News & Insights David Murphy: The impact of the US-China trade discussions at the grassroots level is real

David Murphy: The impact of the US-China trade discussions at the grassroots level is real
David Murphy, Head of China Quantitative Insight (CQi), Credit Suisse, tells us where the opportunities for investors lie in China’s consumption-driven economy, and the most important data points investors should track.

The theme for this year’s Credit Suisse China Investment Conference is “Great Expectations.” What are your great expectations for China’s real economy over the next 12 months? 

DM: While China’s economy is expected to remain under pressure from the external environment and an ongoing relatively prudent central government approach to debt, we see consumption as continuing to be the principal driver of the economy. The opportunities for investors in areas of human well-being – health, exercise, foodstuffs, environmental improvement, leisure and entertainment – will continue to grow. Another driver of growth will derive from China’s at least partial decoupling from the US tech sector and the knowledge economy, and its related domestic efforts to ramp up replacement technologies. 

"The impact is real. Among private manufacturers we speak to who export to the US, the share of the US among their exports has fallen from 30% to 20% on average." David Murphy, Head of China Quantitative Insight (CQi), Credit Suisse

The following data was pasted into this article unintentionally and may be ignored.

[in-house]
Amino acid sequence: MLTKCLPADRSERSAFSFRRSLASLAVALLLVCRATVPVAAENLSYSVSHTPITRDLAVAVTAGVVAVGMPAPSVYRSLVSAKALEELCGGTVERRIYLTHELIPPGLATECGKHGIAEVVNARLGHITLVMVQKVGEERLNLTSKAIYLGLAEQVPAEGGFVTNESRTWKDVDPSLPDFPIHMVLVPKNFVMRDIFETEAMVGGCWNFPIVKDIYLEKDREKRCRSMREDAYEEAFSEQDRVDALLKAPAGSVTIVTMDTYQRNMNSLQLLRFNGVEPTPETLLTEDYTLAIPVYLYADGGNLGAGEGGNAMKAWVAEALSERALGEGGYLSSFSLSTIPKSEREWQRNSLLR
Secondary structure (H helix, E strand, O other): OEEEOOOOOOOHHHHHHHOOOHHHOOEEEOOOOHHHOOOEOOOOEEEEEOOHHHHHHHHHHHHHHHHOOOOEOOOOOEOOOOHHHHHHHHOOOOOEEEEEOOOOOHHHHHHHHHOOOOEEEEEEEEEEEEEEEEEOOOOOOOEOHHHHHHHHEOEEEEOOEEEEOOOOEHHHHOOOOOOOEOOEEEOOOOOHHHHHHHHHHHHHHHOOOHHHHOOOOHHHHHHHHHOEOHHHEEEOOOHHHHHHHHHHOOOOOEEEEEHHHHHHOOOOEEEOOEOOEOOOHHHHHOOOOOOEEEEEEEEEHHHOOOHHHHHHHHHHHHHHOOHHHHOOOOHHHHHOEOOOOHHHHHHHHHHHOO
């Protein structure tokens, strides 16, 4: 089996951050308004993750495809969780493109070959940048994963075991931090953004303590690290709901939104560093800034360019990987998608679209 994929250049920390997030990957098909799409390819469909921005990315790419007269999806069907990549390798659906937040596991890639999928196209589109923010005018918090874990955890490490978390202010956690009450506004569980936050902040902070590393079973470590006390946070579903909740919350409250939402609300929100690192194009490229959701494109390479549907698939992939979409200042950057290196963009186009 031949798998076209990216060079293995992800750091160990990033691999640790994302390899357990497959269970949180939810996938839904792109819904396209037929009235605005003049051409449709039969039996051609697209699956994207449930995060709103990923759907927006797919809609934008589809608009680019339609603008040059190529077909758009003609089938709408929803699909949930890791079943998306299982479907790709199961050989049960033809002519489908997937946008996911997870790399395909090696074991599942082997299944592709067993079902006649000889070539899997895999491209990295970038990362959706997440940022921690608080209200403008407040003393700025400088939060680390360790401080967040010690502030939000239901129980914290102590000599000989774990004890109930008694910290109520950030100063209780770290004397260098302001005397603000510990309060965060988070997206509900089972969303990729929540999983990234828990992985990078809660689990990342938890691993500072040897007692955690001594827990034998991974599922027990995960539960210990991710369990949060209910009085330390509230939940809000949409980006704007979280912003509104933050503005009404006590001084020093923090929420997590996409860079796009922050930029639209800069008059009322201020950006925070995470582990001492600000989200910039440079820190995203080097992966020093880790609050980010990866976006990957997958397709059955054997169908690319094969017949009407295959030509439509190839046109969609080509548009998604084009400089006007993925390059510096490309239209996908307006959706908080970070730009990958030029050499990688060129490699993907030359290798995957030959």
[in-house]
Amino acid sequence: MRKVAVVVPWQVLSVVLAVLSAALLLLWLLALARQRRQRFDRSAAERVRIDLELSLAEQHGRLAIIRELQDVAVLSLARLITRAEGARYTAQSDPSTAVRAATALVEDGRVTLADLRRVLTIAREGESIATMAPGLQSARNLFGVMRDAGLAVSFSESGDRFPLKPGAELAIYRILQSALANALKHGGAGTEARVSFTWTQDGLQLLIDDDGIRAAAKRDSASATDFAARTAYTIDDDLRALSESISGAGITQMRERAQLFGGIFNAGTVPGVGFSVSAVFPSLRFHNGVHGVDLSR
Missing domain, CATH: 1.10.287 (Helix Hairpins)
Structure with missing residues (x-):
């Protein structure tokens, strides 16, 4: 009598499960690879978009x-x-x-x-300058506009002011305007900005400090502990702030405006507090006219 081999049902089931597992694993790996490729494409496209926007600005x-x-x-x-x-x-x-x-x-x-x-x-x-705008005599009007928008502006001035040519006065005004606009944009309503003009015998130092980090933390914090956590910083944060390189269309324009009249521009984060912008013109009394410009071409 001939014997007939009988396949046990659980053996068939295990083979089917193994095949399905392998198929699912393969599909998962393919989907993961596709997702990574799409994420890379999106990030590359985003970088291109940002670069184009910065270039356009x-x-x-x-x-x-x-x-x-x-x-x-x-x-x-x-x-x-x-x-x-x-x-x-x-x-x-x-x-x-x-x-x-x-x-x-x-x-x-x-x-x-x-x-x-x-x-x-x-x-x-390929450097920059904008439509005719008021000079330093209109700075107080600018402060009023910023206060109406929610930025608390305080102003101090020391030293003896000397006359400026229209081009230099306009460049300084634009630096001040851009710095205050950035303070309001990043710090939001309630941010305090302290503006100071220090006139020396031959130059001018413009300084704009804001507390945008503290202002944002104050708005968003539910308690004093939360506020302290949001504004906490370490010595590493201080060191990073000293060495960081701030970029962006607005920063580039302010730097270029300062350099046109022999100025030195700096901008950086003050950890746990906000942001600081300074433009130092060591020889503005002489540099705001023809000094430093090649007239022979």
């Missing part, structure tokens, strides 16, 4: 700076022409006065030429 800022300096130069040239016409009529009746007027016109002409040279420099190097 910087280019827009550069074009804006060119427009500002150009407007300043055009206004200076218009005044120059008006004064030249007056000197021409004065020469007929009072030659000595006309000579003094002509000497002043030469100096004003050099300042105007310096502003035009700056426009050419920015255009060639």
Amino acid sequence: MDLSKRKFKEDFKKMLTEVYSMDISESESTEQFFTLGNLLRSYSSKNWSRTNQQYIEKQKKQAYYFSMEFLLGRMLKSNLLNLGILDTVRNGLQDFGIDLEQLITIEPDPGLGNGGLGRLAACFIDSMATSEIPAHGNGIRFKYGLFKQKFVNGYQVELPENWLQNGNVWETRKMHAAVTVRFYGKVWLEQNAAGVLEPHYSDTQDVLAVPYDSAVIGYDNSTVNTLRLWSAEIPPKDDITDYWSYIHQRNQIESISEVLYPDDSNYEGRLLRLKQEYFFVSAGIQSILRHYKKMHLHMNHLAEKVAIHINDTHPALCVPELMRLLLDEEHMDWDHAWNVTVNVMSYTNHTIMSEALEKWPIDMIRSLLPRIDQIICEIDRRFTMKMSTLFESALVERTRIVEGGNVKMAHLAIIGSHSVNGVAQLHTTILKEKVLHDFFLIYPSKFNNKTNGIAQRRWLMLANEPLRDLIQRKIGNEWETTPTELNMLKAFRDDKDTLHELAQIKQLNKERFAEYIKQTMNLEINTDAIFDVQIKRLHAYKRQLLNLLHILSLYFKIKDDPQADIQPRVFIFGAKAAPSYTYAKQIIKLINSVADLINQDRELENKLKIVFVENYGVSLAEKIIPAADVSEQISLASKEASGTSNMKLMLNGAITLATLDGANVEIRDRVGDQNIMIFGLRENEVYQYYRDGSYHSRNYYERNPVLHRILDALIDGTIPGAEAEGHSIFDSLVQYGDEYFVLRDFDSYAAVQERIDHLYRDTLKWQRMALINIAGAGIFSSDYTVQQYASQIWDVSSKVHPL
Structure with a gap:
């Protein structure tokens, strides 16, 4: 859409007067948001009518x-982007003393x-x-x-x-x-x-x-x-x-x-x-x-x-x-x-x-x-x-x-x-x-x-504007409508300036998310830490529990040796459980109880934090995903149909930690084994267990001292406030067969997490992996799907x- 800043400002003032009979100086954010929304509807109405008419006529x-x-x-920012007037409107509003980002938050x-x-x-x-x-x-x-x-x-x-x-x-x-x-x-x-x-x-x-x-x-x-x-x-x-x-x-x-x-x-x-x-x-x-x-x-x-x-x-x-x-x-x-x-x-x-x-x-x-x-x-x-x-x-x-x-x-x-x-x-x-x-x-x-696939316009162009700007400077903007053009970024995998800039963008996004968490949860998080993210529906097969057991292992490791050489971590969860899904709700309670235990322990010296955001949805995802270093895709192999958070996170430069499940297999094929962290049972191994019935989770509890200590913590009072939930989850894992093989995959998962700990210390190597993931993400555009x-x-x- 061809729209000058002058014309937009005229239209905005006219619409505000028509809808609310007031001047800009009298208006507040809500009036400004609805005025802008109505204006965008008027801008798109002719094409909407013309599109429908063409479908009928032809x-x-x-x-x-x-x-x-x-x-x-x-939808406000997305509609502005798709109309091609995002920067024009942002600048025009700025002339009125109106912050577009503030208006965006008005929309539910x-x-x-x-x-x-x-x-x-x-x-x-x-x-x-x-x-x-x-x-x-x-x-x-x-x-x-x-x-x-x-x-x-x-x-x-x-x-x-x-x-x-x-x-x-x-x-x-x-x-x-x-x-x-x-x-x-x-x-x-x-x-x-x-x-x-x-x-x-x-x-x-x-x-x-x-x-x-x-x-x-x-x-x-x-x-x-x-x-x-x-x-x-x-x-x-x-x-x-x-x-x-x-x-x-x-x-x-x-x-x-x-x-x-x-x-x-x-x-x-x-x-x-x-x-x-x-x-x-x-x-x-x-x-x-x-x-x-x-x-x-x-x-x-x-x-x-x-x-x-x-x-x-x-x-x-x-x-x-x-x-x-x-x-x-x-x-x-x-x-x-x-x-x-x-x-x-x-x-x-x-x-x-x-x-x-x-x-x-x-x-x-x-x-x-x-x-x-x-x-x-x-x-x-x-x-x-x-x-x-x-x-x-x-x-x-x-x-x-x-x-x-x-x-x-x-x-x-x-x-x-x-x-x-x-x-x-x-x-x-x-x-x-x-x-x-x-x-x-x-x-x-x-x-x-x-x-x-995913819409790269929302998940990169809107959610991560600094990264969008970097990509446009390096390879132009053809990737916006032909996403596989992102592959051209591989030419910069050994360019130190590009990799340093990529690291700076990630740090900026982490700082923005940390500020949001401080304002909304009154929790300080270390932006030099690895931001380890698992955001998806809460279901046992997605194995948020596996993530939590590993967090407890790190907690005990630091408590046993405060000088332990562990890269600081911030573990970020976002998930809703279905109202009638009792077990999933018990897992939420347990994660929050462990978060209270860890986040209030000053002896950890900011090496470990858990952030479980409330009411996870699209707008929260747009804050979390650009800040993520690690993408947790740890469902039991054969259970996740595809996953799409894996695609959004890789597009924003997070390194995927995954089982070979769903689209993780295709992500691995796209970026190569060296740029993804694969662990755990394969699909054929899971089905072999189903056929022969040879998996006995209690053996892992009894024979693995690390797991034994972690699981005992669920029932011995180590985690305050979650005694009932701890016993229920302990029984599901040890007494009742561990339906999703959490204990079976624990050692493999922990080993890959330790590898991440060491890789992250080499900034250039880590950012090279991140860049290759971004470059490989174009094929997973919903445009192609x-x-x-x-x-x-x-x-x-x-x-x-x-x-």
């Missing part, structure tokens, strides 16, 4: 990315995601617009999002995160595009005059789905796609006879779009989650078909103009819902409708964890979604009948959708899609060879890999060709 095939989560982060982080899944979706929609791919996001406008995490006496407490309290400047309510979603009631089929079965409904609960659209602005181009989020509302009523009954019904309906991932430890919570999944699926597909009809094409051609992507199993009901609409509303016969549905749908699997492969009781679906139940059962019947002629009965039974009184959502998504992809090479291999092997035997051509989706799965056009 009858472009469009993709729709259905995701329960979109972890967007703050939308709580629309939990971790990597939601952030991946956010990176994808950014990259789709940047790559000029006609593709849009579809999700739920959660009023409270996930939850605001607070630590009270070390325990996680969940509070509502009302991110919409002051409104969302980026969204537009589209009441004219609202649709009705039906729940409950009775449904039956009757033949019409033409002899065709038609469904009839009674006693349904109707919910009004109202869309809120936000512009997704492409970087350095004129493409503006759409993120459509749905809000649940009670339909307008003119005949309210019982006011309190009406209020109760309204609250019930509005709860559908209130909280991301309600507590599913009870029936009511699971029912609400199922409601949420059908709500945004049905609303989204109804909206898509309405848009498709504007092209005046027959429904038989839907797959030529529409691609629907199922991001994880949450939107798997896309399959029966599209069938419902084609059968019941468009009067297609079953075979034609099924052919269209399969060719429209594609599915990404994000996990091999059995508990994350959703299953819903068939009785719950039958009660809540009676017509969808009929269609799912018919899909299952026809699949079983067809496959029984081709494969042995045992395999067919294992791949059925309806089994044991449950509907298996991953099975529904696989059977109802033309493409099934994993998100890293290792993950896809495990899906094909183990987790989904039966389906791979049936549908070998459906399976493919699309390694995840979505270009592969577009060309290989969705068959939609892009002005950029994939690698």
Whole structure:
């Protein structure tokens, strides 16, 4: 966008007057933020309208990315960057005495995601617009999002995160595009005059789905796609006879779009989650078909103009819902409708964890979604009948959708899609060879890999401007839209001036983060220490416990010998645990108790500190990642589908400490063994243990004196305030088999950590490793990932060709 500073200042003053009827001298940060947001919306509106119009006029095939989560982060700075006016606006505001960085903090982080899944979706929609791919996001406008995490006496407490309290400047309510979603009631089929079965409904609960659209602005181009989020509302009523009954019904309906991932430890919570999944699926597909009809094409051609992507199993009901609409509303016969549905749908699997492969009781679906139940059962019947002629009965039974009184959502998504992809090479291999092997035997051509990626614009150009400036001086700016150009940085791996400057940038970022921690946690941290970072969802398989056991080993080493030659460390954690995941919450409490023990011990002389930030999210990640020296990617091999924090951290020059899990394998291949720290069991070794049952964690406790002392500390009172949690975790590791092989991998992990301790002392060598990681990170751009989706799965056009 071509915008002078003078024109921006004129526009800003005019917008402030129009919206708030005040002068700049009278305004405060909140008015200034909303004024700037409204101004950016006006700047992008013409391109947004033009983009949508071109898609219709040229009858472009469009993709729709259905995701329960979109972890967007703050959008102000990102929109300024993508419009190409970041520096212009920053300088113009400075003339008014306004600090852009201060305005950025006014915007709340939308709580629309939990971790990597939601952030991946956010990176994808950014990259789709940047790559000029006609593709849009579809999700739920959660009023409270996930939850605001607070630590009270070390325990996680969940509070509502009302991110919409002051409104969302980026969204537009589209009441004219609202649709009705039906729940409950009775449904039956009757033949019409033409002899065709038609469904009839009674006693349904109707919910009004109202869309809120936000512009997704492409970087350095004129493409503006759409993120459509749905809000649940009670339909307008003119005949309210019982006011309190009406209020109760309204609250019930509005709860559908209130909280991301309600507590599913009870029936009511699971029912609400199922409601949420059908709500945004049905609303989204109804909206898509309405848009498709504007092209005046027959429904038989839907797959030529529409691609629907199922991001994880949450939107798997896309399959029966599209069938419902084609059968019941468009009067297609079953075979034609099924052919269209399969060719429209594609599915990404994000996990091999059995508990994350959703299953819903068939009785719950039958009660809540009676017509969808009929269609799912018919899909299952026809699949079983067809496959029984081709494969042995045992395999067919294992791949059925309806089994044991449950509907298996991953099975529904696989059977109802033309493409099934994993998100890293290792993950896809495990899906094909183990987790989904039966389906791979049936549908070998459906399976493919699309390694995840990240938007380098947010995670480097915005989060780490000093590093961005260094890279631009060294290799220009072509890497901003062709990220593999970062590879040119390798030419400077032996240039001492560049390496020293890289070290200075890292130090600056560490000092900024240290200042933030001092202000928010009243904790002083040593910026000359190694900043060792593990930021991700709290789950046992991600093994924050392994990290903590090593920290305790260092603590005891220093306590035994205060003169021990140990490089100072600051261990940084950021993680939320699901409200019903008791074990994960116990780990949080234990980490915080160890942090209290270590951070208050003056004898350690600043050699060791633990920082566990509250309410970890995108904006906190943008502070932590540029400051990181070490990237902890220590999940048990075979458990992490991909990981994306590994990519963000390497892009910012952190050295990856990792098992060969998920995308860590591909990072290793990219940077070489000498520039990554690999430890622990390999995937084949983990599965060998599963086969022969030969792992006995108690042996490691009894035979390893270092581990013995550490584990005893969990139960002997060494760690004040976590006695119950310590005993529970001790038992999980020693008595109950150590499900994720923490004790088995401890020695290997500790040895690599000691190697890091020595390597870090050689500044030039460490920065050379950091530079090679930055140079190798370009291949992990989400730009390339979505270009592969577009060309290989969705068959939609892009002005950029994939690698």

How much impact are the US-China trade discussions having at a grassroots level? What is the grassroots data telling us about China’s economy? 

DM: The impact is real. Among private manufacturers we speak to who export to the US, the share of the US among their exports has fallen from 30% to 20% on average. Also, 63% of those manufacturers who export to the US have had tariffs imposed on their products. The primary response of those firms affected is to seek out other markets. But very few are looking to leave China; the local market is big enough for them. 

Impact of US-China trade discussions on Chinese manufacturers exporting to the US 
Source: Credit Suisse, based on CQi survey of 400 Chinese private small-and-media enterprises (SMEs) – including 200 manufacturers and 200 service firms – from 92 cities in 23 provinces across China.

What are the most important China data points investors should track and why?

DM: We view the following four data points as important for investors to track:

  1. Property sales growth – this is a leading indicator of new inventory and land sales, and is particularly important because real estate and related industries account for 40% of China’s total GDP.
  2. Industrial fixed-asset investment (FAI) growth – while all eyes are on infrastructure as evidence of government stimulus, industrial FAI is also worth watching. A meaningful easing in US-China trade tensions could significantly boost industrial FAI, which has otherwise been lagging despite high utilization rates and pent-up automation demand.
  3. Family income growth – it is the ultimate driver of consumption growth.
  4. Unemployment trends – this is most important data point in the eyes of policy makers. As long as unemployment remains under control, Beijing is unlikely to sharply ramp up massive stimulus. Conversely, any spike in job losses will almost guarantee a big spending response.